Whether you’re a beloved grandparent or an elite athlete, joint damage affects a large portion of the population. Approximately twelve million individuals visit their doctors, annually, due to some sort of joint pain and or knee discomfort. While each case varies, most knee pains can be attributed to the degradation of the bones articular cartilage.
Articular cartilage consists of a smooth white tissue that envelops the ends of bones where they meet to form a joint. By acting as an impact-cushion, when healthy, this firm rubbery substance supports normal movement within a joint by lubricating the bone segments and assisting in its natural gliding movement.
Whenever articular cartilage begins to deteriorate and or becomes damaged, patients begin to experience limited movement within their knee joint coupled with extraordinary pain. If a patient experiences these symptoms they should schedule a visit with their orthopedic specialist as these symptoms can worsen. Due to the cartilages inability to heal itself, if left untreated many simple cases of cartilage degradation can result in more serious conditions, such as osteoarthritis, that consequently results in more serious procedures such as knee replacements.
Cartilage repair procedures exhibit the most success with osteoarthritis-free knees. Typically candidates are individuals who have:
- Experienced some sort of injury to the area (sports injuries included)
- Degraded the cartilage due to sustained periods of strain and wear
- Inherited hereditary deformations that affect the function of the knee joint
The procedure process usually begins with a magnetic resonance imaging (MRI) screening that allows the doctor to assess the region, severity, and magnitude of the injury. Once observed, your orthopedic specialist can diagnose the severity of the injury and formulate a regimen of treatment options that will successfully alleviate your condition. The most common forms of cartilage restoration procedures are:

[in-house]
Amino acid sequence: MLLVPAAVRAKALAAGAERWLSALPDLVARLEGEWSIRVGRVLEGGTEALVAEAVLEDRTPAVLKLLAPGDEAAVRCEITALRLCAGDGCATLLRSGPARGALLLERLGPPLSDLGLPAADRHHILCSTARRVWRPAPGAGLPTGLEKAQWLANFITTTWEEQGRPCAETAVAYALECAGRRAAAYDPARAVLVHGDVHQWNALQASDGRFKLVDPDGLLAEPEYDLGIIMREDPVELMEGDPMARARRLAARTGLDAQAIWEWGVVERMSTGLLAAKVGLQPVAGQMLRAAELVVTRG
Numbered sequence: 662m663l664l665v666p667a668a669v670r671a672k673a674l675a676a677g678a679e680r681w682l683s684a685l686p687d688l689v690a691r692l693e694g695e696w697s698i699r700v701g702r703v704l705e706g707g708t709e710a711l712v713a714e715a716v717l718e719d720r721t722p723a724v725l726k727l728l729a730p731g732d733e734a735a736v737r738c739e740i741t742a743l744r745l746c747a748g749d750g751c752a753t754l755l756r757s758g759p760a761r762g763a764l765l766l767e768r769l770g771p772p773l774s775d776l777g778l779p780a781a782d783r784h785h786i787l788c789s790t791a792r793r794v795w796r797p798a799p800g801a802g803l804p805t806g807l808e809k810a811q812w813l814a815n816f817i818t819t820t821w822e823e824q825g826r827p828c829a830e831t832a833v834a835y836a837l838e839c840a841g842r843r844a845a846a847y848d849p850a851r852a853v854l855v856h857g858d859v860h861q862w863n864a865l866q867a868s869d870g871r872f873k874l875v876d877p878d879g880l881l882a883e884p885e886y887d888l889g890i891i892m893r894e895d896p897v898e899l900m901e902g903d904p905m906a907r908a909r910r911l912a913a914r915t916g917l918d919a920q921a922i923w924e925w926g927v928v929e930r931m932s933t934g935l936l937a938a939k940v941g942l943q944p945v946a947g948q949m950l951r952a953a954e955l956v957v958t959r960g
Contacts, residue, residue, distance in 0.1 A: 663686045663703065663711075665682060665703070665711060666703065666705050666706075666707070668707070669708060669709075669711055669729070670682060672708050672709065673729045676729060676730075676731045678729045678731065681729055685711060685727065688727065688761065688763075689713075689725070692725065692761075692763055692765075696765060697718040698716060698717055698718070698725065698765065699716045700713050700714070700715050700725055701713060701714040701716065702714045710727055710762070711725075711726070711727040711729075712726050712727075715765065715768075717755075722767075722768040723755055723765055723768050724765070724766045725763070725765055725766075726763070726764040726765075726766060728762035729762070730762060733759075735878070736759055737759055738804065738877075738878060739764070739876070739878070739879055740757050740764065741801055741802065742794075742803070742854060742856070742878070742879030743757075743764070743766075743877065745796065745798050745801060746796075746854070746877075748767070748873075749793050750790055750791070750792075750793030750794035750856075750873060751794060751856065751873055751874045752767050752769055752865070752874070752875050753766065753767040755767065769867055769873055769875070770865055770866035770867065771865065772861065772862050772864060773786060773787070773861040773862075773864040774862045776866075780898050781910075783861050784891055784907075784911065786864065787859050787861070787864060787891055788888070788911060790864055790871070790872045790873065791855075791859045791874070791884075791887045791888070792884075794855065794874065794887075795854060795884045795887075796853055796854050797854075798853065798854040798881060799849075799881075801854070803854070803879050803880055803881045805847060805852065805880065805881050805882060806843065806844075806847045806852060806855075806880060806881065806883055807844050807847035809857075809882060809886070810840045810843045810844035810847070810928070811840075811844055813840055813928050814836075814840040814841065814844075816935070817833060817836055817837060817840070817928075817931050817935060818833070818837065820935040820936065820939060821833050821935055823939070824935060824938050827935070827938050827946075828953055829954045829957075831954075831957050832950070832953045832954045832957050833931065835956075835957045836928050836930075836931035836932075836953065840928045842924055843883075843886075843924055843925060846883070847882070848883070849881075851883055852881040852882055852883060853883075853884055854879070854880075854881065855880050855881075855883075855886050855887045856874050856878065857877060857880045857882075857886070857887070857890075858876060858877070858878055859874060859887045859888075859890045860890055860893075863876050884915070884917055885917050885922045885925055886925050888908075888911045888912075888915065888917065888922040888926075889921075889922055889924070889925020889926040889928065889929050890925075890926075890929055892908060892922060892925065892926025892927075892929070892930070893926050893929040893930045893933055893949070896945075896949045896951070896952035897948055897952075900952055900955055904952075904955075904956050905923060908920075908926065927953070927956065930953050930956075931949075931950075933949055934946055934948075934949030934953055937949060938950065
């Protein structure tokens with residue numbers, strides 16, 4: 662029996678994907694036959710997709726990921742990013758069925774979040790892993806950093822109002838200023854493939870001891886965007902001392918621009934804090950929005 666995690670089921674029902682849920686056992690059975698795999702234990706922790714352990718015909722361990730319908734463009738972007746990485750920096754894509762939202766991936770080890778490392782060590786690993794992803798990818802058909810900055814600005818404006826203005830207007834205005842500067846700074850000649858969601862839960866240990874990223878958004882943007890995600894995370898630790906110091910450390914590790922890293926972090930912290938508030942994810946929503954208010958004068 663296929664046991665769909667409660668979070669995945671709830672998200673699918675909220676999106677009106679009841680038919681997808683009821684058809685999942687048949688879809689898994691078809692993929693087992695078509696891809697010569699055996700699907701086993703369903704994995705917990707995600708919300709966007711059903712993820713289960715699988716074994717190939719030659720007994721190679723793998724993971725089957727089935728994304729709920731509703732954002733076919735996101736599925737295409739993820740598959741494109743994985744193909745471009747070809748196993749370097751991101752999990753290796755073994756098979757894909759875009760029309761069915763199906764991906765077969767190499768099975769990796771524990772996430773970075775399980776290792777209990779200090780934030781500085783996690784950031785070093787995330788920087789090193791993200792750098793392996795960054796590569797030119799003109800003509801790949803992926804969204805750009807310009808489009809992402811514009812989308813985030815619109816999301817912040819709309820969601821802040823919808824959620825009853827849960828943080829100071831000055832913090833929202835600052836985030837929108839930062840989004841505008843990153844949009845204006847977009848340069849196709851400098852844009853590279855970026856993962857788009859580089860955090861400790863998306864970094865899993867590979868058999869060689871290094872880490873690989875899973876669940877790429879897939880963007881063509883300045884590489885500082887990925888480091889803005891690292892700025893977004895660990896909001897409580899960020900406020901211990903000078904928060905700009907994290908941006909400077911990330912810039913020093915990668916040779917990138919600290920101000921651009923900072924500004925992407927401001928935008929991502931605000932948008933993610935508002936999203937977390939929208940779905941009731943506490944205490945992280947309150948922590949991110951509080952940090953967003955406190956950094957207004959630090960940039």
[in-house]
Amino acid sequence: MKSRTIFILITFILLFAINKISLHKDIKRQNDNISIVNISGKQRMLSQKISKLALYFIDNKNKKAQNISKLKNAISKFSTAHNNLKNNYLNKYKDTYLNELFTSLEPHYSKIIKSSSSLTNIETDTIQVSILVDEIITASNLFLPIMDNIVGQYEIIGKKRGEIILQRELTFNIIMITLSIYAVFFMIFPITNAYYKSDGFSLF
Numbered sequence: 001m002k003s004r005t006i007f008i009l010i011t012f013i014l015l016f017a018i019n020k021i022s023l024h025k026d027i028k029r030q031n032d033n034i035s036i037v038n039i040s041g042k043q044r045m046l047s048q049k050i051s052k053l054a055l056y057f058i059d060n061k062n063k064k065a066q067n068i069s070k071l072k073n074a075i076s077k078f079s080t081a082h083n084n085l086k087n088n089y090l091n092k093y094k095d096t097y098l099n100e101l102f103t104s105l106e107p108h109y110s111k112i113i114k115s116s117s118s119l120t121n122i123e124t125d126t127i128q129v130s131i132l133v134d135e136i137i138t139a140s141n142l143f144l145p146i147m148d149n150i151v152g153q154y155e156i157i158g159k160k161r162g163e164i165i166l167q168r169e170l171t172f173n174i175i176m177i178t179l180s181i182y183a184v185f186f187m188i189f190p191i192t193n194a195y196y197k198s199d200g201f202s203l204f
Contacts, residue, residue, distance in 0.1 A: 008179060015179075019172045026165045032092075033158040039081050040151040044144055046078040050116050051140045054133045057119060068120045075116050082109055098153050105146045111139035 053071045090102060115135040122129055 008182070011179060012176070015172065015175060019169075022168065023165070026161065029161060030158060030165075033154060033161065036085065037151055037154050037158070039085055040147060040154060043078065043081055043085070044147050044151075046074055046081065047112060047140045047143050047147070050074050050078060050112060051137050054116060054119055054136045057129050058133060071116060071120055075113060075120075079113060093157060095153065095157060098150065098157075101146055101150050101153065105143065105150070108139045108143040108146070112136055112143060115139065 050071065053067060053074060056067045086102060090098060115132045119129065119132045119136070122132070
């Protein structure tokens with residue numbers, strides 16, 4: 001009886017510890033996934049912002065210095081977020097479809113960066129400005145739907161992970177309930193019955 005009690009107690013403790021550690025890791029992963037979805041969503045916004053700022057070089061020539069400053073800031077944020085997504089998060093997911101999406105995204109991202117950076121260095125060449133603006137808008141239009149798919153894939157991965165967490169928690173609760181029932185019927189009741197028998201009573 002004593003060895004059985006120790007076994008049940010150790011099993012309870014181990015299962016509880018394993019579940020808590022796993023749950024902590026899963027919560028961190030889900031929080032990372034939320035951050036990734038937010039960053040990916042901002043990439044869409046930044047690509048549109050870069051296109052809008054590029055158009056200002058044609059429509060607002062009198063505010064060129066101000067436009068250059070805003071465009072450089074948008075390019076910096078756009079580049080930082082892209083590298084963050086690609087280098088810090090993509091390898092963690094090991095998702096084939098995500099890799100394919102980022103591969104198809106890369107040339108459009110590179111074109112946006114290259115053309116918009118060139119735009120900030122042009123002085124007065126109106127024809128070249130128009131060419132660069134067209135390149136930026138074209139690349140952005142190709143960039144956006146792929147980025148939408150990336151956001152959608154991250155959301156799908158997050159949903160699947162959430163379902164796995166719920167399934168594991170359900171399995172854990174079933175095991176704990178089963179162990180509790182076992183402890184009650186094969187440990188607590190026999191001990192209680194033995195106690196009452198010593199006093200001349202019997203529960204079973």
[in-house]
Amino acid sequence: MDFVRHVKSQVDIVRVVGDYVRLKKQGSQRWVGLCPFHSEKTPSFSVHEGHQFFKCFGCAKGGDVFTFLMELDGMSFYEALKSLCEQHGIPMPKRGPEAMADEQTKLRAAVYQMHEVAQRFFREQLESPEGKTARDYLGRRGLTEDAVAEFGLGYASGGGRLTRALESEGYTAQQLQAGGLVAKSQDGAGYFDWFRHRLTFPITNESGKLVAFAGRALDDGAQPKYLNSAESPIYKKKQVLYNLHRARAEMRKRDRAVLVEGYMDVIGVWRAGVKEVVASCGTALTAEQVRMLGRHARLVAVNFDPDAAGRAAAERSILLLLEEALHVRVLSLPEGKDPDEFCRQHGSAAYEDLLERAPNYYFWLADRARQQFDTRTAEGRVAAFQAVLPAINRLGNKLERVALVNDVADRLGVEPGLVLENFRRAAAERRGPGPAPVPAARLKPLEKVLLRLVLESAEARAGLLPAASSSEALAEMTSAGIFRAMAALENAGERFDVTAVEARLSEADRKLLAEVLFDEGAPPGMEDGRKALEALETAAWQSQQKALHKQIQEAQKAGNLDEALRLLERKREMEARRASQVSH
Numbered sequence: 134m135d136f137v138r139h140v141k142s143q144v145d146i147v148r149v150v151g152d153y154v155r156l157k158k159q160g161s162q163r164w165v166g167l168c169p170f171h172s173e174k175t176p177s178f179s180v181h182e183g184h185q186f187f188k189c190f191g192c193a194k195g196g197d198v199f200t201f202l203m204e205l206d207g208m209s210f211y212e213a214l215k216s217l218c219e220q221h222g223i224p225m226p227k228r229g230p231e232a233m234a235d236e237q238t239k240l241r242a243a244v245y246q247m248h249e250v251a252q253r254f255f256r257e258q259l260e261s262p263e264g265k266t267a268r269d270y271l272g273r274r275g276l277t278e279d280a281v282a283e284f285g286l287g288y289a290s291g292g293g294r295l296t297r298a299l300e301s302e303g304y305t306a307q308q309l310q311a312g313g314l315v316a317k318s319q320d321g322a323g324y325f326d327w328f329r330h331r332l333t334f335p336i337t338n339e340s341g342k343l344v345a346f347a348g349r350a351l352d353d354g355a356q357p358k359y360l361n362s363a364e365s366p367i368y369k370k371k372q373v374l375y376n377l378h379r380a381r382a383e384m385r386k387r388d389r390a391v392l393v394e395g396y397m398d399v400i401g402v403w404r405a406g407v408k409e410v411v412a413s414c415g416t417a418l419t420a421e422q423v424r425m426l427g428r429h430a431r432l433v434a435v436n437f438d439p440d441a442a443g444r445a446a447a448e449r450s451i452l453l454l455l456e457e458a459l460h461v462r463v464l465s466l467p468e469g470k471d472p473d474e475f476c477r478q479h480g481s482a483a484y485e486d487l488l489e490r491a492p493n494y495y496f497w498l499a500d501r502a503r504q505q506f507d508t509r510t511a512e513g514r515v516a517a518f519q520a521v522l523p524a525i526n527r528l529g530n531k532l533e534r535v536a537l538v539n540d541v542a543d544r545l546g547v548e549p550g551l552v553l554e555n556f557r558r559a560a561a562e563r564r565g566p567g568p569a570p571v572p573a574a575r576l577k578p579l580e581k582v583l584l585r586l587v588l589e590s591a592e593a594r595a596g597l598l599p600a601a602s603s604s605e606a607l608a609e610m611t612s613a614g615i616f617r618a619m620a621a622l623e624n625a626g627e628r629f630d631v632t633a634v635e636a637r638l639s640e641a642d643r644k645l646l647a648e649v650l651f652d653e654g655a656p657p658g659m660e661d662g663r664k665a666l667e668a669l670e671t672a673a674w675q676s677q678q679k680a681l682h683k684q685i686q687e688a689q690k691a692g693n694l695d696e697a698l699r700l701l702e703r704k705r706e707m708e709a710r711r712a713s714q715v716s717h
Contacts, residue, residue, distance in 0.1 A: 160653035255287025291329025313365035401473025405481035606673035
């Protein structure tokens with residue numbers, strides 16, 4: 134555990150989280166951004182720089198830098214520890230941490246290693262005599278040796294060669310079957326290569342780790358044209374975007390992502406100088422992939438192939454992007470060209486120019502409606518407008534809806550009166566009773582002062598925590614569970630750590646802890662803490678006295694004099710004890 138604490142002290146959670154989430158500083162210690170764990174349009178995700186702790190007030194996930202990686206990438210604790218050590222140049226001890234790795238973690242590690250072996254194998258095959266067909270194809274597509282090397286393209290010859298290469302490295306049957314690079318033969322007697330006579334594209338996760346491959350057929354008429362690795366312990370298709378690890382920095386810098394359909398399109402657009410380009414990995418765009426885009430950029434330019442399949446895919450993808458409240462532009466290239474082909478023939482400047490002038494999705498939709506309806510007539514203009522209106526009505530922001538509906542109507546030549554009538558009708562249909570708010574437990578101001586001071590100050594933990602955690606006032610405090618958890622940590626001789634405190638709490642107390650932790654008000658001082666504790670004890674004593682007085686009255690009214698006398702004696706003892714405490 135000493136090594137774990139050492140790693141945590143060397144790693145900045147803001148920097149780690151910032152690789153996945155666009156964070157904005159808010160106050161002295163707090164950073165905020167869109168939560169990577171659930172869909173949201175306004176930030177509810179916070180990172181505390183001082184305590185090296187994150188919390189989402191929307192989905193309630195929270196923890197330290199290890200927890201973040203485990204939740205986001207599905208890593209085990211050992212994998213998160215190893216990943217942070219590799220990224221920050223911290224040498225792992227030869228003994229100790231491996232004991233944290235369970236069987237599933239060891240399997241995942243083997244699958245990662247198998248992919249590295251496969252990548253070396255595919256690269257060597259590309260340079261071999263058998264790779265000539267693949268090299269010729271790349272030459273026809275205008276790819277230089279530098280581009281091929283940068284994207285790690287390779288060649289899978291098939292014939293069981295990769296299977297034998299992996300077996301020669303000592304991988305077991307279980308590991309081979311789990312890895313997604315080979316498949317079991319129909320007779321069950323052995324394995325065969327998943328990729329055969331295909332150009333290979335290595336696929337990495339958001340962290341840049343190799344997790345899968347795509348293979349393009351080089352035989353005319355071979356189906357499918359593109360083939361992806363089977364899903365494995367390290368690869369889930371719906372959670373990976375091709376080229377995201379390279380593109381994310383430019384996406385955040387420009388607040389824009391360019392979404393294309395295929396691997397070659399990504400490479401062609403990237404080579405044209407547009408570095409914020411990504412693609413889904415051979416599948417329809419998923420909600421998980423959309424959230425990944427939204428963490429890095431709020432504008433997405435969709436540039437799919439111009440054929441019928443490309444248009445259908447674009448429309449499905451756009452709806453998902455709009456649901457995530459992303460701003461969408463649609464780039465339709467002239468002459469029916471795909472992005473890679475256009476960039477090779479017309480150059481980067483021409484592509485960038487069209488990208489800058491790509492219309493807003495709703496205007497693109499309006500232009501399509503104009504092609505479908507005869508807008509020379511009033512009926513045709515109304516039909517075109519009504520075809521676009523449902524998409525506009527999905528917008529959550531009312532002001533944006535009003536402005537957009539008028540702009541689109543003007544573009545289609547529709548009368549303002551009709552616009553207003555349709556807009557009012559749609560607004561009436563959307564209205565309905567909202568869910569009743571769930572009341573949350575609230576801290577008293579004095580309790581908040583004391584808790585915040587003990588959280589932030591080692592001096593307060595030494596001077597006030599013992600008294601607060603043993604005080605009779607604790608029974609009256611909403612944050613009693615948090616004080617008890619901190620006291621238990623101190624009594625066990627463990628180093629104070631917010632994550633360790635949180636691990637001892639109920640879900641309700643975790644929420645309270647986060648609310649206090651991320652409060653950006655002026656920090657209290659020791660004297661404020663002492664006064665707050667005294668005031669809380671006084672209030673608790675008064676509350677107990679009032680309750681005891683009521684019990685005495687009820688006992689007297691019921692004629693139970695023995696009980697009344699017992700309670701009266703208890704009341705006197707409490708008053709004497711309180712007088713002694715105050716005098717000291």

- Microfractures: This minimally invasive procedure has cemented itself as the standard treatment option for cartilage injuries within the United States. Using an arthroscope, several small incisions are made above the knee joint- giving the surgeon discrete access to the injured area. Once the degraded area is reached, the surgeon uses an awl to drill small, multiple holes in the joint surface and subchondral bone. By using the body’s natural regenerative processes these small holes trigger a minimal amount of bleeding, stimulating cartilage regeneration and the formation of new cartilage tissue.
- Autologous Chondrocyte Transplantation (ACI): This procedure consists of two-steps in which, first, cartilage cells are removed from one part of the bone, harvested, and then subsequently transferred to the damaged cartilage area. During the first procedure cartilage cells are removed from a non-weight bearing region of the bone and cultured in a laboratory setting for approximately three to five weeks. Once cultured these cells are then harvested for the second procedure. During the second procedure, the surgeon sews a protective tissue sheath (periosteum) over the affected area and then implants the harvested cells in the damaged region. This procedure proves extremely promising due to its lack of patient induced rejection- as the cells produced to repair the region are from the patient themselves.
- Osteochondral Autograft Transplantation (OATS): This procedure is a bit more in-depth as it requires moving bone grafts from an independent region of the joint to the afflicted area. During this surgery several cone shaped samples of healthy cartilage are removed from non-weight bearing regions of the knee so that they can be transplanted into the damaged area. These “bone-cones” are used as plugs so that the surgeon can successfully resurface the area and provide a new cover for the once damaged area.
While most of these procedures are highly successful, the patients’ treatment options are dependent on your mesa orthopedic specialist and what they deem to be best fit. Once a patient undergoes one of these forms of cartilage repair the recovery period typically lasts several months.
The operated area must be looked after and patients must use crutches for the first several weeks so that weight-bearing strain does not interfere with the rehabilitation process. Many Gilbert orthopedic doctors may recommend physical therapy to aid in the healing process, but as mentioned before it is dependent upon the premise of each individual’s circumstances.
OSPI is the top orthopedic practice in the East Valley treating patients from Mesa, Gilbert, Chandler, Queen Creek, Casa Grande, Maricopa and surrounding areas. Most insurance is accepted, with the Board Certified orthopedic knee specialists offering all types of cartilage restoration procedures. This also includes stem cell procedures!
Call for the best Arizona knee doctors today at (480) 899-4333!